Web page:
Volunteers, commanded by Colonel Joseph W. Hawley, was ordered to the front about 7 o'clock. On reaching the extreme edge of the wood on the east of the corn-field, our line was formed and stationed in a position behind the fence. We were then ordered to advance, a portion of our right extending across the road and beyond the grain-stacks. We were led in line into the corn-field about 20 paces, and ordered to halt, as we could not distinguish our own troops. It was here our colonel was wounded. We were then ordered to fall back to the edge to fall back to the edge of the corn field and take position behind the fence, which was done in good order. We were again ordered to advance, when the right, advancing about 100 yards, received a raking fire from the enemy in the woods, which was responded to by repeated volleys from our men, but the fire from our left and the battery of the enemy ont he right compelled us to again fall back to the stacks. A battery now planted on the hill between the wood and the corn-field and opposite the stacks, this portion of our right was ordered to its support. The balance of the regiment followed up the advance through the corn-field, making many successful charges upon the enemy, until they were also ordered back to the support of the battery.
The enemy's battery being silenced at this point, our regiment was ordered to the rear by General Hancock, with instructions to hold ourselves in readiness to support the batteries on the right.
Receiving no further orders, we remained in our position with the One hundred and twenty-fifth Pennsylvania Volunteers during the night.
I am, yours, very respectfully,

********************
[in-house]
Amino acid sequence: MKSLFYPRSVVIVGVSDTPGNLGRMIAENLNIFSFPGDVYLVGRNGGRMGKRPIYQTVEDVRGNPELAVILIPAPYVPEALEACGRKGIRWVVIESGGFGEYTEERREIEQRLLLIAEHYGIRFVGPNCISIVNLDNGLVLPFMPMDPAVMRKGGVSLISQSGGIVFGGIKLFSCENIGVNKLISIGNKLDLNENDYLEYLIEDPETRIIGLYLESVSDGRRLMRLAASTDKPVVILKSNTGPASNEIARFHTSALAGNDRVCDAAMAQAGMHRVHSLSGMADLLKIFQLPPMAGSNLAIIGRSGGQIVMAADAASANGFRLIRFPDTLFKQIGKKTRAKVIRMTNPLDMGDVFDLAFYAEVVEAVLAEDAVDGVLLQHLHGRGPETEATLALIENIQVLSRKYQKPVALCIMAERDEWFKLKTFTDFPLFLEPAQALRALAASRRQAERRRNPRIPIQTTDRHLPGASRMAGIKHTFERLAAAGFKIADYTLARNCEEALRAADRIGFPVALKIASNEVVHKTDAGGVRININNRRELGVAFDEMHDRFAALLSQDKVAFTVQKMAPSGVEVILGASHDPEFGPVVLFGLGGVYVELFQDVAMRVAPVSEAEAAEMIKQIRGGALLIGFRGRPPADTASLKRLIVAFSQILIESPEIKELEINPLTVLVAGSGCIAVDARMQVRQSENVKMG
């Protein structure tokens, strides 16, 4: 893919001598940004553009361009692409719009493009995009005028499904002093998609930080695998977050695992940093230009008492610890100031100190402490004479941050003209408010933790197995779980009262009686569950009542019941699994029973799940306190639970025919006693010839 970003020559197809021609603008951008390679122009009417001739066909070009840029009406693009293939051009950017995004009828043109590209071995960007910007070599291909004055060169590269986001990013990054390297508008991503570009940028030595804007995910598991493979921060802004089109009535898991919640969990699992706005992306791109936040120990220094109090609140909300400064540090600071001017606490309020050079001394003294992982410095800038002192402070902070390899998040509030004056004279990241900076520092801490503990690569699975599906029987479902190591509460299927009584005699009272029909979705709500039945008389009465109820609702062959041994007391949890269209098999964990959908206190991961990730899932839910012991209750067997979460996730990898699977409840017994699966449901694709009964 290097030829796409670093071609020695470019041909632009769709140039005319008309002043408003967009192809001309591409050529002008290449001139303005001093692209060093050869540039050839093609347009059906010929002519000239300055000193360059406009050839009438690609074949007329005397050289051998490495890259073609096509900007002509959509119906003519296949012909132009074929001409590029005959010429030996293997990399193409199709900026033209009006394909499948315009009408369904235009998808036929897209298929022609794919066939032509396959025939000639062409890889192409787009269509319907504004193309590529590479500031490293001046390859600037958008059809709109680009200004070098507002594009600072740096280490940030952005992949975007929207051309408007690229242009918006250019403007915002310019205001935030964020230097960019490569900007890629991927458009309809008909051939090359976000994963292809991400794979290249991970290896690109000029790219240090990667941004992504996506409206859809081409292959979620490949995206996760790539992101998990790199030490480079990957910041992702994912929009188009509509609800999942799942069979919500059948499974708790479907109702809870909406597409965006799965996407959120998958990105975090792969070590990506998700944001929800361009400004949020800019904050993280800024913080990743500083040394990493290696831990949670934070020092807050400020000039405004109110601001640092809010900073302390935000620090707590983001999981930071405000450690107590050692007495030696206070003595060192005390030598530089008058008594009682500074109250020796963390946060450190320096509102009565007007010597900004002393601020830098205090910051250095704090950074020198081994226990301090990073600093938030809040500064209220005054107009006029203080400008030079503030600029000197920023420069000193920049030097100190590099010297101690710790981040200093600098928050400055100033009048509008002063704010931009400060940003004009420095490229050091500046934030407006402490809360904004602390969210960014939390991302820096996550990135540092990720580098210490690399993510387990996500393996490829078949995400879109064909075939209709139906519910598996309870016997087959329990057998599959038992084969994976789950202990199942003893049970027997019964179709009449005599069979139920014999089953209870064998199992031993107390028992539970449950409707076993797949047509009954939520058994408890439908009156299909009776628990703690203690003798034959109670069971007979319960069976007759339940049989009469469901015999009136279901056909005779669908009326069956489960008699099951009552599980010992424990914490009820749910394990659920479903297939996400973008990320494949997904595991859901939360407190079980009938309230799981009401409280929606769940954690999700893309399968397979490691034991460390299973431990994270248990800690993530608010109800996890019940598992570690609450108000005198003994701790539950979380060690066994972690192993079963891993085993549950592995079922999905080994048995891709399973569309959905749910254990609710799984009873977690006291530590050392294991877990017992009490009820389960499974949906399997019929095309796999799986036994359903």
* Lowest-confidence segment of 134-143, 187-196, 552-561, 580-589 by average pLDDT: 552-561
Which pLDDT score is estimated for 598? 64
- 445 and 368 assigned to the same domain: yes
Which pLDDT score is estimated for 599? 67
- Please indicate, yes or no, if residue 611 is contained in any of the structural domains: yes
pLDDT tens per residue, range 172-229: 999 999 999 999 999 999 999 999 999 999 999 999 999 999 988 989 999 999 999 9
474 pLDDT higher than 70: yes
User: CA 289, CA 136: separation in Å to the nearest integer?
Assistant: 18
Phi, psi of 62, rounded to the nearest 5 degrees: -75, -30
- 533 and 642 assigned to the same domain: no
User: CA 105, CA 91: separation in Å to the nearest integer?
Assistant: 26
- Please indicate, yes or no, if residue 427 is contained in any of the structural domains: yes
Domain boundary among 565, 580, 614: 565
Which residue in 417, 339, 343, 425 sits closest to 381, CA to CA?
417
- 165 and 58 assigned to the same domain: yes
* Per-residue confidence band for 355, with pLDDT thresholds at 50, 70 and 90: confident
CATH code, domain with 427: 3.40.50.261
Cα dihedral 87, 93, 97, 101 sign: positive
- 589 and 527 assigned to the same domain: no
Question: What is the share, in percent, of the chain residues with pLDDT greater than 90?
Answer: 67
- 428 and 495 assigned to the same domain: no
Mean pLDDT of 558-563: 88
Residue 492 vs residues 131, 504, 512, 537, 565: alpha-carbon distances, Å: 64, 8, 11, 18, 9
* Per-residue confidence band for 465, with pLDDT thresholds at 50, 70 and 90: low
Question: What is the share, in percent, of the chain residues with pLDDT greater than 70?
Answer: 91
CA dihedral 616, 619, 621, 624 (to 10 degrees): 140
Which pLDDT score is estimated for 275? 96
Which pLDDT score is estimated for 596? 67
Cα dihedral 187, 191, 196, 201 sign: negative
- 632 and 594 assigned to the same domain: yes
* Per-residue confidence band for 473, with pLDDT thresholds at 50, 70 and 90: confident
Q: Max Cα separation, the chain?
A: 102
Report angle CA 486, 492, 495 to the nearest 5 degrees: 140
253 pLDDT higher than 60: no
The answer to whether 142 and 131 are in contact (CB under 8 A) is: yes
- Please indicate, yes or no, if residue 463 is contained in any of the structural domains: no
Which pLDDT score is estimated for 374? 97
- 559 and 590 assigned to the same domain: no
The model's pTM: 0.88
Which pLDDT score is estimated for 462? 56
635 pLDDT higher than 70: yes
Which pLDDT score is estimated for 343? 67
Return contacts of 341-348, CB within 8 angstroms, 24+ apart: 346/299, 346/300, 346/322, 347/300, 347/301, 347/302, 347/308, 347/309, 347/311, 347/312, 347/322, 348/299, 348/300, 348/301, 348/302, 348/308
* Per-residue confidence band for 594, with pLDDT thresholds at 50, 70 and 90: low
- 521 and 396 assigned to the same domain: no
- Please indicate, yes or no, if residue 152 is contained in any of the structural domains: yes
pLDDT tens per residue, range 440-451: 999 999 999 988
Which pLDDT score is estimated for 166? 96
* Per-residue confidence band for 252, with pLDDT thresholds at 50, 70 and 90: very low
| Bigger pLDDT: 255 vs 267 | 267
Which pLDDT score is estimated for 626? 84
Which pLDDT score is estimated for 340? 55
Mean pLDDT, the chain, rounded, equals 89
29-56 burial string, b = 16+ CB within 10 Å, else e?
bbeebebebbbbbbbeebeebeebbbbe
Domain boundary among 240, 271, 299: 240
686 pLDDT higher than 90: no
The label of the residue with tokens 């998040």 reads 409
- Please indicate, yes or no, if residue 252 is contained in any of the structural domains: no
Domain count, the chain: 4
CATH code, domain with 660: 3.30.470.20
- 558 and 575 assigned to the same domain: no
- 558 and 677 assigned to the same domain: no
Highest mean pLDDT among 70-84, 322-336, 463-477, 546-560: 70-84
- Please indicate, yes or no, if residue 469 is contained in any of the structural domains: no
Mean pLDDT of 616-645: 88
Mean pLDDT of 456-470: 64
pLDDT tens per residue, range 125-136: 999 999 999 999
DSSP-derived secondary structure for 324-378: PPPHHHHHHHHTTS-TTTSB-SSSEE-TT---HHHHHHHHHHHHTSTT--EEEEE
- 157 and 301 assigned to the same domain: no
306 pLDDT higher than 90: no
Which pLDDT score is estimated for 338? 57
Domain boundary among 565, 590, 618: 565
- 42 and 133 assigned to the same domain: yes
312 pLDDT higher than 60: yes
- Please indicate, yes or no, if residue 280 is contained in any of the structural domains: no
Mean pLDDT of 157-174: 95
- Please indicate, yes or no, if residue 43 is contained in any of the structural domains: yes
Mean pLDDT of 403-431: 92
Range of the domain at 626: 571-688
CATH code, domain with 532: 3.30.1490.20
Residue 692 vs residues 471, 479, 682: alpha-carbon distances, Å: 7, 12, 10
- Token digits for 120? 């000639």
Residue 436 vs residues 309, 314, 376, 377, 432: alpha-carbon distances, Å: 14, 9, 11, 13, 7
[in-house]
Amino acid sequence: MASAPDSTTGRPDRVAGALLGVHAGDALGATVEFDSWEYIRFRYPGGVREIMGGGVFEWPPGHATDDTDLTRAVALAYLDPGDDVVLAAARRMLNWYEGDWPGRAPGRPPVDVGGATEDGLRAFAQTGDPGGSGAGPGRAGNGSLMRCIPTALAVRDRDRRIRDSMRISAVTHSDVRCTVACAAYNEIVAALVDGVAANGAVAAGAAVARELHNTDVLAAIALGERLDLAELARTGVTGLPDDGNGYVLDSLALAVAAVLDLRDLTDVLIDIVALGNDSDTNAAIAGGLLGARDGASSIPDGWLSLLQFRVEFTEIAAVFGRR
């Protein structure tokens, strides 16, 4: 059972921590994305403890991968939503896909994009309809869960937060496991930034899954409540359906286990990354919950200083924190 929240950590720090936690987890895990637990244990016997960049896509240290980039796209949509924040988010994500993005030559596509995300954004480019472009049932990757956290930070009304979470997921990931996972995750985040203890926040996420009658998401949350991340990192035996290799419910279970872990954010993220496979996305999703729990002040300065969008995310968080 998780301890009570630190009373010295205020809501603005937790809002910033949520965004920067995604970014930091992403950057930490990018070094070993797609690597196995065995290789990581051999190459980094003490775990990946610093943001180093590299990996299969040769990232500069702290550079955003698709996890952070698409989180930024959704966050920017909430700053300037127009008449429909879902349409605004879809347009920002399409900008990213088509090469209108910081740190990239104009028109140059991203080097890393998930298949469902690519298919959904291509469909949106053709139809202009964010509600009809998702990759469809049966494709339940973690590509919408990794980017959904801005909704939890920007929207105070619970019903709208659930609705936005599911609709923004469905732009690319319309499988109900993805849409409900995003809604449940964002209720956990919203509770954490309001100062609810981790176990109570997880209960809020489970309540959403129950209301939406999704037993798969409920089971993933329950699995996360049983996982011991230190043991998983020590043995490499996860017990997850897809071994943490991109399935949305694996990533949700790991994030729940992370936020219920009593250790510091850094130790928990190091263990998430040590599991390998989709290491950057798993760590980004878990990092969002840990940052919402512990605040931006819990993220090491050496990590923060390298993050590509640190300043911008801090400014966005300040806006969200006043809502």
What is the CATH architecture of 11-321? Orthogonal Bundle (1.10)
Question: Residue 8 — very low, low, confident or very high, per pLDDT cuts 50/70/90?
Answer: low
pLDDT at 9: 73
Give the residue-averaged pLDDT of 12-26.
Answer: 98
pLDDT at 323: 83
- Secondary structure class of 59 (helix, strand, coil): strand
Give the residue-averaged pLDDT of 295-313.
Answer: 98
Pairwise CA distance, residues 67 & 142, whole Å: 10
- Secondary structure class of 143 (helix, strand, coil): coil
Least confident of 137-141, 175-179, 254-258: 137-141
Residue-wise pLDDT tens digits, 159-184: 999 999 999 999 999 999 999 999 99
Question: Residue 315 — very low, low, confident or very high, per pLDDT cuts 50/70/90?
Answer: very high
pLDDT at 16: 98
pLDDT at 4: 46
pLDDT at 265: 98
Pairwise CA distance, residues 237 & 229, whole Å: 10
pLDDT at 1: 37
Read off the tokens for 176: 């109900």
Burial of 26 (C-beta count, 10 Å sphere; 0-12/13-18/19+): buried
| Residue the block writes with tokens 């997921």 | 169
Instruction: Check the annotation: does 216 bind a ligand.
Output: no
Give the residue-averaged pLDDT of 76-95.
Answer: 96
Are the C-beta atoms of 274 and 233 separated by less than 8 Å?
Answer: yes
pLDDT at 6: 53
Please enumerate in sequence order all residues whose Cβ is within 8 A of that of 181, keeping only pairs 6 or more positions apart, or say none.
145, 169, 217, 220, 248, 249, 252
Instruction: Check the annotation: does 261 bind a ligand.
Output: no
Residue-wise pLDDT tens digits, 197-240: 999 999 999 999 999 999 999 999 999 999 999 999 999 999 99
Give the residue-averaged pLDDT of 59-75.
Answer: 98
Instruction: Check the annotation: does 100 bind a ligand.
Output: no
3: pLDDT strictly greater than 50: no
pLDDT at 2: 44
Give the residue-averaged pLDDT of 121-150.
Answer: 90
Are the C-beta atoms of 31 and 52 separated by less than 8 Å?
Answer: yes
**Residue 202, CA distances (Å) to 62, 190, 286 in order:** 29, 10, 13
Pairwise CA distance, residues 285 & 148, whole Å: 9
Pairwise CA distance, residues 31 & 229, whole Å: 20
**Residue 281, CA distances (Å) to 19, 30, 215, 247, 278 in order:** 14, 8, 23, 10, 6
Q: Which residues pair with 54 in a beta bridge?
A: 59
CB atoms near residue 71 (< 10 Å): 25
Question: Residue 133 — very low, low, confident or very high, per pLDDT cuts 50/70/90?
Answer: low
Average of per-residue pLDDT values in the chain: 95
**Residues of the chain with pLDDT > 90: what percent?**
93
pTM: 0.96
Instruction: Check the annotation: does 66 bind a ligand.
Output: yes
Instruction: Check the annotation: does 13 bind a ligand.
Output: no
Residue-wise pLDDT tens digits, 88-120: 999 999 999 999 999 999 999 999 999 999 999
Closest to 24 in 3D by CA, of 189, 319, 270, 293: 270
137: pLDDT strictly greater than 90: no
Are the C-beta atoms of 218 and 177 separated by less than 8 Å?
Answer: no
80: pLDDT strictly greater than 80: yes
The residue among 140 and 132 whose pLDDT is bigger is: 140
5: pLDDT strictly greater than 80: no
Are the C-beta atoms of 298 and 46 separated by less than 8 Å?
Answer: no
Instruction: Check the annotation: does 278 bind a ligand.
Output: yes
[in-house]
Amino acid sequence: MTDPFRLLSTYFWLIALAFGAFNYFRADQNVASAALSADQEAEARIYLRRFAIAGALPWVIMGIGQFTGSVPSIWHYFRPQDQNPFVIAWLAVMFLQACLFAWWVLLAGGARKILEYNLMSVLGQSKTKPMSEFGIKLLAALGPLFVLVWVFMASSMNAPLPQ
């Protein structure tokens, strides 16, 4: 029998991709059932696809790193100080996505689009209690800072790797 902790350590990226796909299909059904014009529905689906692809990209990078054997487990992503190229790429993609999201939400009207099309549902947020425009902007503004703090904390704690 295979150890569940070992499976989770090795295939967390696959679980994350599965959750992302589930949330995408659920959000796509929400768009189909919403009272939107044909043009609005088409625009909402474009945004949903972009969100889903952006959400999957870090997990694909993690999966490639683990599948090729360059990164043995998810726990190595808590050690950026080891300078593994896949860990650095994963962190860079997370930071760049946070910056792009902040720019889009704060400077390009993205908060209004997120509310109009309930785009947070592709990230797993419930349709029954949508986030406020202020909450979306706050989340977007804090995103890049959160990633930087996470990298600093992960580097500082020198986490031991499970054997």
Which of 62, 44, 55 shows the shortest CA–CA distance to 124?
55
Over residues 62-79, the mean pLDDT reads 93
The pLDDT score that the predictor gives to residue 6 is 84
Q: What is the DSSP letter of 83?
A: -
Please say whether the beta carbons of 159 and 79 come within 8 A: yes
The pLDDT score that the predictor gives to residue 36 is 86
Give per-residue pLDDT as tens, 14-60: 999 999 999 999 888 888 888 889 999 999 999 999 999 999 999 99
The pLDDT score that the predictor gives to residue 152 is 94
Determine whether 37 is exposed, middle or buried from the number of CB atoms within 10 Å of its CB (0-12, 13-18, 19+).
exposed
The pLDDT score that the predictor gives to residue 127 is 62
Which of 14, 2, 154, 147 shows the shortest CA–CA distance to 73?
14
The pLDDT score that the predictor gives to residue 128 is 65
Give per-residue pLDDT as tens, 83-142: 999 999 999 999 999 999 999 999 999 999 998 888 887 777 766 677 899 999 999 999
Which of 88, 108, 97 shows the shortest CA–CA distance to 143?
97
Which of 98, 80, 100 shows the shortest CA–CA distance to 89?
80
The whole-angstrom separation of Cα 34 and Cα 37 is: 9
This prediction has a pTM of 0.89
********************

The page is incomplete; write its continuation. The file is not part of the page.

I. L. HALDEMAN,
Major One hundred and twenty-fourth Regiment Pa. Vols.
Colonel J. F. KNIPE,
Commanding First Brigade, First Division, Banks' Corps.
Numbers 172. Report of Colonel Jacob Higgins, One hundred and twenty-fifth Pennsylvania Infantry, of the battle of Antietam.
HDQRS. ONE HUNDRED AND TWENTY-FIFTH PA. VOLS.,
Camp near Sandy Hook, Md., September 22, 1862.
SIR: I have the honor to report to you the part taken by my regiment in the action near Sharpsburg on the 17th of September, 1862.
I was ordered by General Crawford to advance in close column, at daylight, through some fields to a piece of woods where there was heavy firing at that time going on. I was then ordered into the woods and then back again by General Crawford, then to throw out skirmishers and again advance through the woods until I reached the other side of the timber, and then deploy in line of battle and advance through the fields and there halt. At this place my command was exposed a most terrific fire of musketry, shot and shell. I then fell back a few rods, by order of General Crawford, where I remained some minutes, and was again ordered forward to the crest of a hill, which I was to hold.
At this time some colonel, whose name I do not know, told me that his troops were falling back for want of ammunition, and asked me to advance to his support. I immediately reported this to General Crawford, who ordered me to advance at once. I gave the command, and